The founder of School for Startups will publish a report next month on “alt finance” which covers peer-to-peer loans, equity crowdfunding and web-based invoice discounting.
“These things are having a really big effect in creating new money for early stage activity,” said Mr Richard.
“I believe that these things are tremendously important but currently not yet appreciated or understood.”
Mr Richard said the report will cover “the impact alt finance is going to have on the entire world of banking and venture capital”.
The former BBC Dragons’ Den judge has produced influential reports on business support and apprenticeships for the Conservative Party in opposition and the Government.
He said the state’s efforts to improve the landscape for business support had not entirely met his expectations, criticising the “relish” with which the Government went about cutting costs, but gave his backing to the Seed Enterprise Investment Scheme, which was introduced to help small, early-stage companies raise equity finance by offering a range of tax reliefs to individual investors, the “substantive and very proactive” support for alternative finance, and the Startup Loans scheme, which he said had helped tens of thousands of businesses.
“But at the same there are some big gaps,” said Mr Richard. “The biggest gap is a formalised national provision of straight-up training.”
He launched the School for Startups in 2008 and followed it up with the School for Creative Startups three years ago.
The School for Creative Startups was established in London and then Kent and is launching in Sheffield this autumn in partnership with Sheffield College.
The scheme offers a nine-month part-time programme for aspiring entrepreneurs or people with young businesses to learn the skills needed to succeed, said Mr Richard.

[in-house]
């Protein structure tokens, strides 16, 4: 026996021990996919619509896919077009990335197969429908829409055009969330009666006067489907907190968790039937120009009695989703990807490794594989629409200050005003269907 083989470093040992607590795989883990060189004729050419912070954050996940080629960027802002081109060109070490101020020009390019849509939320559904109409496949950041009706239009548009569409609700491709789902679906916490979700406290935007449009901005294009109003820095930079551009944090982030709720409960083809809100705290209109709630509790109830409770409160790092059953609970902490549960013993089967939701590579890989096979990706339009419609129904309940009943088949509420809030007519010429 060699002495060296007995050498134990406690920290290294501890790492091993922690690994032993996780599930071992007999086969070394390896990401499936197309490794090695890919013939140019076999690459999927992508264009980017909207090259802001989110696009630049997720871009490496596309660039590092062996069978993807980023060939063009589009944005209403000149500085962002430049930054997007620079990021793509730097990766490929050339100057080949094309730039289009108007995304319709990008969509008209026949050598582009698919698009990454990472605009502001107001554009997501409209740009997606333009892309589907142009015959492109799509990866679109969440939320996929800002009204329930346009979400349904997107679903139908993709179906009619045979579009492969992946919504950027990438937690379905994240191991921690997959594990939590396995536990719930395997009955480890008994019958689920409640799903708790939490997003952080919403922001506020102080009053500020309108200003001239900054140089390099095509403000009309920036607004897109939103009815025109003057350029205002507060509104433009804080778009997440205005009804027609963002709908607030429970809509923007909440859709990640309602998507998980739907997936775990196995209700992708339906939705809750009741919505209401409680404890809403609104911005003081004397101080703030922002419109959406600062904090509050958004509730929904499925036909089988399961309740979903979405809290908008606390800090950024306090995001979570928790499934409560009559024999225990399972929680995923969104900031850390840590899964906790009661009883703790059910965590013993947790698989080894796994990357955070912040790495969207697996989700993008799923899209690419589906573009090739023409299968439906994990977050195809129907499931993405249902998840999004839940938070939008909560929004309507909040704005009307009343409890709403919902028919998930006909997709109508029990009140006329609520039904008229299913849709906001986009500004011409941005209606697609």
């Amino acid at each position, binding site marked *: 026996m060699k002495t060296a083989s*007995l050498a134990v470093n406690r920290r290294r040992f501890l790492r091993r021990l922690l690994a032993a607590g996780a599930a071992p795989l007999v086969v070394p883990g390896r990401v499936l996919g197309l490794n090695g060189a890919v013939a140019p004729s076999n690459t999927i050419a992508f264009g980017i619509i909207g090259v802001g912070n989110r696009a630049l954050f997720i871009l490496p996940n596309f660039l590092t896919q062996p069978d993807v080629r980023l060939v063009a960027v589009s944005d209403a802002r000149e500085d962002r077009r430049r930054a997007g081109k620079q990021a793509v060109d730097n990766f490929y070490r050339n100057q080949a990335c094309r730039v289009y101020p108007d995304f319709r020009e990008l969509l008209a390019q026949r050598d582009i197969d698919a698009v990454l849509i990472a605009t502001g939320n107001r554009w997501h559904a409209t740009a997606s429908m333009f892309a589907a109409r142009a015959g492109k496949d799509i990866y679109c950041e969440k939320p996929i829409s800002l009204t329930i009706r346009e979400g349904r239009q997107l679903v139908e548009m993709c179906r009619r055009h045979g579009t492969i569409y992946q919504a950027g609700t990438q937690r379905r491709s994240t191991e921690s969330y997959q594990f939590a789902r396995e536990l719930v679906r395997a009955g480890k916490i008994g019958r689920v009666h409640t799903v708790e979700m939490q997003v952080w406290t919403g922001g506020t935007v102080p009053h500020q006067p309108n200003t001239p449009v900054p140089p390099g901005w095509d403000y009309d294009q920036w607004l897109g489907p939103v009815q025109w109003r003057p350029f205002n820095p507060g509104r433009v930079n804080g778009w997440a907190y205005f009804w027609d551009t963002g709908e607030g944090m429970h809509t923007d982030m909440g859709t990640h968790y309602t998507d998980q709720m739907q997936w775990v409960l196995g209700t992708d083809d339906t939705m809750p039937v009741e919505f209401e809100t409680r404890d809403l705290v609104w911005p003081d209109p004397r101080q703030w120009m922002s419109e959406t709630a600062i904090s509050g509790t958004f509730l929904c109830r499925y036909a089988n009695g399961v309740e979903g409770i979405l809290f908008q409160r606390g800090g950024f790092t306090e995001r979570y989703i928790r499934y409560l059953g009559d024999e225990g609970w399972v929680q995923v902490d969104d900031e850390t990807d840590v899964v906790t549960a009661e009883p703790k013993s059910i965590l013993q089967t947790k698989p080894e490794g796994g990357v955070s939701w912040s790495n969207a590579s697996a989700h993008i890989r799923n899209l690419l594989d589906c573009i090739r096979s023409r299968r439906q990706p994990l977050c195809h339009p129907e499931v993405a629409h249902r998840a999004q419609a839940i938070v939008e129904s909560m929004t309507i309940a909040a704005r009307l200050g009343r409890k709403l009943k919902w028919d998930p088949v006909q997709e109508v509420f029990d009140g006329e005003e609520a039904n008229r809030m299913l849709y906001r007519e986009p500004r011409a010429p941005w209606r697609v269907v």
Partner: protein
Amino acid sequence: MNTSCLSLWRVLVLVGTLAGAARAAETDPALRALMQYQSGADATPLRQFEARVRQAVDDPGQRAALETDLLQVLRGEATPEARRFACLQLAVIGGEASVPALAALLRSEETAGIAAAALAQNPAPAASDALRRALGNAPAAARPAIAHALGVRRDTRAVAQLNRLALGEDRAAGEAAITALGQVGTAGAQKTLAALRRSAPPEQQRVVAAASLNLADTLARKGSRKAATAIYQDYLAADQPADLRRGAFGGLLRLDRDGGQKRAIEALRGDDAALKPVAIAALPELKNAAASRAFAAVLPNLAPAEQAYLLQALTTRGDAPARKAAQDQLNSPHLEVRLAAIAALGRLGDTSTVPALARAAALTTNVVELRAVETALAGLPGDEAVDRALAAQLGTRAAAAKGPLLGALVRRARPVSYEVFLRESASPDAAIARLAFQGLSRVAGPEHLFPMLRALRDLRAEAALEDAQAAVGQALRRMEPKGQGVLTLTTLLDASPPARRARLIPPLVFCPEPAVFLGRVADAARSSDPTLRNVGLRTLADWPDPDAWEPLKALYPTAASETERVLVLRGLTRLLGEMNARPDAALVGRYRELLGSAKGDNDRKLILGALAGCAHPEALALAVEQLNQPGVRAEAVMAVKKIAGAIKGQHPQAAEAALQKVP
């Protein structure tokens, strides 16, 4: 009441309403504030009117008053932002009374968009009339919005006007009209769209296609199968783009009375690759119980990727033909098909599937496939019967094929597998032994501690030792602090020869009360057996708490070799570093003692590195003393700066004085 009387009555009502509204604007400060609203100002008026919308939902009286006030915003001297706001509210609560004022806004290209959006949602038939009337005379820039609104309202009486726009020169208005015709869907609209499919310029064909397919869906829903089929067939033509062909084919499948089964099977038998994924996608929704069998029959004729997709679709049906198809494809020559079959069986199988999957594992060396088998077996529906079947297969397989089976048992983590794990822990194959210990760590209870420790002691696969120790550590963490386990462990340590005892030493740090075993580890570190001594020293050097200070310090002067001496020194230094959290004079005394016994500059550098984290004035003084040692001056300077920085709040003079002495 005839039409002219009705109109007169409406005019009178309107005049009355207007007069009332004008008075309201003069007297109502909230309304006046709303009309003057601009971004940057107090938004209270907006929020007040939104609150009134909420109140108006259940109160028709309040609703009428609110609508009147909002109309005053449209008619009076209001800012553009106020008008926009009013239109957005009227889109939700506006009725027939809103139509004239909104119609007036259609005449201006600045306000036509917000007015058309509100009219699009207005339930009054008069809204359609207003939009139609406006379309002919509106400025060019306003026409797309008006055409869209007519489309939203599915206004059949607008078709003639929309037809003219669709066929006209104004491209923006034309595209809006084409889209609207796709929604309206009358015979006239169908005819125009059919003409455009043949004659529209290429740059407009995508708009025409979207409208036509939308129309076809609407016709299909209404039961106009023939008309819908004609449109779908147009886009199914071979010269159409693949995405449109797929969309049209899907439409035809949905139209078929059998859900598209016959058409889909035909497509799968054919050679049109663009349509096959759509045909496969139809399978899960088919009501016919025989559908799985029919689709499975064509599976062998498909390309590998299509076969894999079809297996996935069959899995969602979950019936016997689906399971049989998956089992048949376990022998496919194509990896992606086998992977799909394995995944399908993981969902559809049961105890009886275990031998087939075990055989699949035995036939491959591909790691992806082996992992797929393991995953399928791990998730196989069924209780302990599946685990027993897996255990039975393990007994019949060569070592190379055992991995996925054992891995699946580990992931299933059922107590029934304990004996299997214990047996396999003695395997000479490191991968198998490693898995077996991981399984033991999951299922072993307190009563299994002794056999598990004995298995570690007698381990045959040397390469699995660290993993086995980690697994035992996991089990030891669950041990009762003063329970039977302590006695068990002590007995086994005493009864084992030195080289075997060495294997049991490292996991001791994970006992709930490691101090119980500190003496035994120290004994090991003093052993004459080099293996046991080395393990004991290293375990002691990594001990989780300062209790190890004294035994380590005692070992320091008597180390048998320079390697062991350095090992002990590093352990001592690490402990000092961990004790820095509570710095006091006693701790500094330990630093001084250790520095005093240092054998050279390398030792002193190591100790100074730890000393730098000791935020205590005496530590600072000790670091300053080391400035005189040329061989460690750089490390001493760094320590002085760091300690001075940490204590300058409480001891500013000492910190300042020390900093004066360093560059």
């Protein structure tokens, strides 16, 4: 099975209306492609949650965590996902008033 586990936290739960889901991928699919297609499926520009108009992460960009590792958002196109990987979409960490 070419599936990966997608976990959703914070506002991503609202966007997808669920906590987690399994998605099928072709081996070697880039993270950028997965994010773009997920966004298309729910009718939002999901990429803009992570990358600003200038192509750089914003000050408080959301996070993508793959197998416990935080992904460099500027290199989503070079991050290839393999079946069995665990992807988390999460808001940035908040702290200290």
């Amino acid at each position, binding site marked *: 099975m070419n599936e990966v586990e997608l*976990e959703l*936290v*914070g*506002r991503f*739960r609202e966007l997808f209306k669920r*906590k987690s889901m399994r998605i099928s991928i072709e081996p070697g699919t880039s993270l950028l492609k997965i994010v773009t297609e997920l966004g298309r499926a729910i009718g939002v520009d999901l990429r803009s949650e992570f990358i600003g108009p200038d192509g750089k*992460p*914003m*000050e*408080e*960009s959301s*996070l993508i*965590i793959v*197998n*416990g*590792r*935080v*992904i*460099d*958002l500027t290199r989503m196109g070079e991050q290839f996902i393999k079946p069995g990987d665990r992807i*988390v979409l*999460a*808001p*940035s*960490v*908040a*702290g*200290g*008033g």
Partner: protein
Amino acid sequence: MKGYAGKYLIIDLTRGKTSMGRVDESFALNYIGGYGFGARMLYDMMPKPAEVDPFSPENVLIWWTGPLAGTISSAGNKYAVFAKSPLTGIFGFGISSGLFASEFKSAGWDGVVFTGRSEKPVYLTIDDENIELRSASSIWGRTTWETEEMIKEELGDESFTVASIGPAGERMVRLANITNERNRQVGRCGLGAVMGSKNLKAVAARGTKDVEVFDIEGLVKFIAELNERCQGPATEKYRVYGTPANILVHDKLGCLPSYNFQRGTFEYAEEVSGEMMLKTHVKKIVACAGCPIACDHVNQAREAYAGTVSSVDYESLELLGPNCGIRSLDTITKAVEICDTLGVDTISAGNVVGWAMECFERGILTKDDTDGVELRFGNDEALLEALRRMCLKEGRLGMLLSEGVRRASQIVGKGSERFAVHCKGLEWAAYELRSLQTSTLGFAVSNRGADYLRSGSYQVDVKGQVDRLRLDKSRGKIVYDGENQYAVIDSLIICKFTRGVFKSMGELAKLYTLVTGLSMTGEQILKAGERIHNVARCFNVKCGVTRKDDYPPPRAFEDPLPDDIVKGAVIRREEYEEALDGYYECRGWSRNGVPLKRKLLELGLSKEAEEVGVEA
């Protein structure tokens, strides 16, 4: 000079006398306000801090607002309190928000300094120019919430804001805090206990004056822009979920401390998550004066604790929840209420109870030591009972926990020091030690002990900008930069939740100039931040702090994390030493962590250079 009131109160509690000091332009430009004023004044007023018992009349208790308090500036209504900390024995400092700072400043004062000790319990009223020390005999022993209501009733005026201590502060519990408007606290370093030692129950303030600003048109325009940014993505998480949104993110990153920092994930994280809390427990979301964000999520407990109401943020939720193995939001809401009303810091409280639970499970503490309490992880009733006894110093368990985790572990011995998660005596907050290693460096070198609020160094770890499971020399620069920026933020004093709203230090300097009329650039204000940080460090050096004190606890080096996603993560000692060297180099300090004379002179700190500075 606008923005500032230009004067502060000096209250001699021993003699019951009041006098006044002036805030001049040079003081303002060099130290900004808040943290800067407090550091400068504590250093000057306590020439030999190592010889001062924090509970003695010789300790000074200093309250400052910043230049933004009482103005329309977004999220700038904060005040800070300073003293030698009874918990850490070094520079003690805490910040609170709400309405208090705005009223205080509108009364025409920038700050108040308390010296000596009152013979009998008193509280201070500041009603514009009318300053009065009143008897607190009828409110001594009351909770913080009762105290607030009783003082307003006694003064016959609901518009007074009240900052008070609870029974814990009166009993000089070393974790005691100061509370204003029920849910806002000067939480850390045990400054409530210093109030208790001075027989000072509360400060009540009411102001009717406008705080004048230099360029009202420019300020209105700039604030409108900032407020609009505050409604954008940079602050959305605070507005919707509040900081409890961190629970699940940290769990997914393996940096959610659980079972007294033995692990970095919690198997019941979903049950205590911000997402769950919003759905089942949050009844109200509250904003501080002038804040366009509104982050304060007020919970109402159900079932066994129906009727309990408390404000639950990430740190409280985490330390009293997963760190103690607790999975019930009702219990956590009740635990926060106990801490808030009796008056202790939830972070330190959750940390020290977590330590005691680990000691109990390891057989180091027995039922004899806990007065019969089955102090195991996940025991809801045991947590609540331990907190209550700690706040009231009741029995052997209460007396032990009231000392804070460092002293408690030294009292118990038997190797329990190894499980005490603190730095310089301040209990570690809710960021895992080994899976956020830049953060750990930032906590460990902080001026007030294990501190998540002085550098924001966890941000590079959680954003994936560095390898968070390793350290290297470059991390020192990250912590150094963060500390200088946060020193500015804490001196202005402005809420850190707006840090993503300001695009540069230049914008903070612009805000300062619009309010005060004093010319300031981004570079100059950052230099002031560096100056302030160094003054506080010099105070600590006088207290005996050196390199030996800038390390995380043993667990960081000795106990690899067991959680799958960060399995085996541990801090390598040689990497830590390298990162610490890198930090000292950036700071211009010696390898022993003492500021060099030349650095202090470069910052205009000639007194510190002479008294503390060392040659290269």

He added: “A simple majority of young businesses fail each year. What we have been able to show over the last three years is a considerable majority of our businesses survive and then prosper.”
The course involves 120 hours of teaching, critiques, support, mentoring, access to investors and a festival showcase for investors, buyers, media and the public.
Mr Richard said around 400 creative businesses have been through the programme to date, of which 80 per cent are still operating.
Asked why he chose Sheffield, he said: “What we really want to be able to do is set up an equally strong programme in the North so we can have a southern campus and a northern campus.
“We looked at various cities in the North. We looked at transport connections; if you start drawing circles around cities in the North, some of them permit people to get to them better than others. That’s part of it.
“Part of it is connections between London and Sheffield. In some ways, Sheffield is the southern frontier of the northern empire.
“But there are other things about Sheffield that are appealing. One, it has a small but emerging creative sector across the areas that are interesting.
“Two, as a city, Sheffield is very pro-entrepreneurial business. It really does stand out from other cities, not the least of which the Made Festival.
“Sheffield itself has been very supportive. The catalysing reason is the specific support of Sheffield College.”
Serial entrepreneur who loves teaching
Doug Richard is a serial entrepreneur, but says he loves teaching too.
He started School for Startups after becoming discontented with the available support for young businesses.
“The entrepreneur in me thought I could do a better job,” said Mr Richard, who is now 56.
Asked why he was running School for Startups rather than making billions of dollars in the tech industry where he made his name, Mr Richard told The Yorkshire Post: “I have started seven businesses in my life, six of which succeeded either modestly or well and one of which failed tremendously.
“I don’t want to do the same old thing again.”
He appears at the Made Festival in Sheffield next week.